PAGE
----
A must-read for 2007:
The Changing Face of War
By Martin van Creveld
DNI Review by Fabius Maximus
April 30, 2007
Available on Amazon and B&N
The gift of hope is perhaps the most valuable thing an author can provide us. The Changing Face of War is a must-read book because in it Martin van Creveld provides us with the second best gift: demolishing false hopes. Only after we clear our minds of misconceptions and baseless optimism can we begin the long process of adapting to a world in which a new form of war has obsoleted our current armed forces and ended the military dominance of the western developed nations.
Van Creveld describes our problem in a mild voice, without hyperbole.
Bookstores’ shelves groan under the weight of volumes proclaiming that the End is Near, and that today is an inflection point in human history. Global Warming, Peak Oil, The End of History, etc. Unlike such sophistry, van Creveld shows the current state of warfare as the result of long-term trends. He is well qualified to do so, as the author of seventeen books which cover the range of the military arts – including logistics, command, technology, gender, and history.
Only after firmly putting current events in a larger context does he move to analysis of how we and our foes fight, and why. This approach puts van Creveld in the mainstream of the literature on “fourth generation warfare”, alongside experts such as Col. Hammes, Col. Richards, and William Lind. These works focus more on diagnosis than providing a cure. After all, correct diagnosis must precede a cure. An analysis of 20th century wars comprises the largest part of the book.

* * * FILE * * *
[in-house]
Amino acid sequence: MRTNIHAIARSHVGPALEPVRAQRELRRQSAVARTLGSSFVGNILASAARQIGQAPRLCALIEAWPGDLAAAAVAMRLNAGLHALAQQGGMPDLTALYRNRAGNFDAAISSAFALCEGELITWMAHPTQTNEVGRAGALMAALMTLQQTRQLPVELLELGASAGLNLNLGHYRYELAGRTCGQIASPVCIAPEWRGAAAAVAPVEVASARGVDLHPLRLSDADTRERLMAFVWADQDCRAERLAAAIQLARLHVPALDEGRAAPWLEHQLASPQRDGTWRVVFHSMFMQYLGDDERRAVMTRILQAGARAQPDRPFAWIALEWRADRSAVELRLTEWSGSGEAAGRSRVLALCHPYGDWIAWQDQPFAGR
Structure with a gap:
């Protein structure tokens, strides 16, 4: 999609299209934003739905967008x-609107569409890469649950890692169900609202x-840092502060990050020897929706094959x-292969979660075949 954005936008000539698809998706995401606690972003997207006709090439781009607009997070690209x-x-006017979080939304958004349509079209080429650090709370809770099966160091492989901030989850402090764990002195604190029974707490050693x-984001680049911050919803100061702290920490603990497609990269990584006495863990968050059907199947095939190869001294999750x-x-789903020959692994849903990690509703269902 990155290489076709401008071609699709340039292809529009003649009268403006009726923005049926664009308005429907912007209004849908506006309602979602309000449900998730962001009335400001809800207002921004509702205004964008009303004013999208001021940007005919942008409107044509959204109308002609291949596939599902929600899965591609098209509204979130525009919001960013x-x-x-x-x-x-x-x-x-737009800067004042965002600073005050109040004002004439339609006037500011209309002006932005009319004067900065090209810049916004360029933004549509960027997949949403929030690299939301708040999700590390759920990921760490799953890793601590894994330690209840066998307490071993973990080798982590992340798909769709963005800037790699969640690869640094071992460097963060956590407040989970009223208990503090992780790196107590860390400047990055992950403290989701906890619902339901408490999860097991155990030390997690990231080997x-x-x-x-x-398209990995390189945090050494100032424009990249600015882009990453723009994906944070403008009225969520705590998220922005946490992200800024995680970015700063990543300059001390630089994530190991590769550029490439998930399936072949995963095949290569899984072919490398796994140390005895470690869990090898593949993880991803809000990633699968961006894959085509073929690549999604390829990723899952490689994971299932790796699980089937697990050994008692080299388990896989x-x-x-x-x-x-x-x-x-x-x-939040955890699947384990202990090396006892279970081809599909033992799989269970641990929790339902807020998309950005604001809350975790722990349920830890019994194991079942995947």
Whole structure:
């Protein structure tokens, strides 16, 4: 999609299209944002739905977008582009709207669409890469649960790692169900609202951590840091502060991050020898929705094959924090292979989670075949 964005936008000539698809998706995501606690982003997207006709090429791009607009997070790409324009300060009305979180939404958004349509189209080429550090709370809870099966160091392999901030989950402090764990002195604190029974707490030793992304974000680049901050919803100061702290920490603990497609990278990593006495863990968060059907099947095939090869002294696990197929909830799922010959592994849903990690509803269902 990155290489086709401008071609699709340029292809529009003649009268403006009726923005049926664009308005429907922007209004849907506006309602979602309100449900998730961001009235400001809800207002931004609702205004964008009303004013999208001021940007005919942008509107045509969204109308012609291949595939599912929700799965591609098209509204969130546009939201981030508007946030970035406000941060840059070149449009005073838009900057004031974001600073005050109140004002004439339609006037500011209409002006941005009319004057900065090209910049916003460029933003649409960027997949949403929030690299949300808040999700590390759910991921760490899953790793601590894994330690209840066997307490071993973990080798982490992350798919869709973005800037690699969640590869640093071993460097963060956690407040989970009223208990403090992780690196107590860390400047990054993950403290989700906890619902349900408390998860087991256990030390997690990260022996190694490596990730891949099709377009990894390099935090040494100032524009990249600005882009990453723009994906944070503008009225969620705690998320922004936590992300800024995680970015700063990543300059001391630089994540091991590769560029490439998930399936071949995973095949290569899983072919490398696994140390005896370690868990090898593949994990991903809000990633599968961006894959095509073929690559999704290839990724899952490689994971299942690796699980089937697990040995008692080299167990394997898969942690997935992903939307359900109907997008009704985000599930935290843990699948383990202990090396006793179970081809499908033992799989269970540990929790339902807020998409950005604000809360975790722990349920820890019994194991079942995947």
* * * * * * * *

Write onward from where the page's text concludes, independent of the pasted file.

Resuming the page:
The other major current in literature about modern warfare gives solutions, as seen in works by experts such as Thomas Barnett and Lt. Col. Nagl. In the last chapter van Creveld strikes a note of tempered optimism, showing how events in Iraq and Afghanistan suggest that our current fighting doctrines need drastic revision.
In effect he recommends for us receptive openness to observation and new ideas, innocent of false preconceptions – a foundational state from which we can move forward. He also provides a few tips. Not solutions, but pointers in the direction from which remedies might be found.
Typically book reviews tell you what the author said, filtering the thoughts of a great mind through that of a lesser one. That’s not necessary here. In only 270 pages The Changing Face of War provides a concise summary of van Creveld’s vast body of work on military theory and practice – and the best description to date of a serious danger we face. It is an easy read due to the clarity of his vision and the grace of his writing.
This book is a must-read for two kinds of people:
Buy it or borrow it, and read it. Or wait five years to read a simple version of his thinking in Parameters, or wait ten years to read a dim version in the Times.
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Although van Creveld is perhaps the foundational source for those writing about fourth generational warfare (4GW), he does not use the term "4GW." His 1991 book, The Transformation of War is still considered one of the best studies of warfare where one opponent is something other than a state army.
“The Changing Face of War” is also the title of the seminal article which introduced the term 4GW (Marine Corps Gazette, October 1989, by William Lind et al). It is also the title of a collection of essays from the Royal Military College of Canada, published in 1998 and edited by Allan D. English. Several articles since then have used also used this phrase in their titles.
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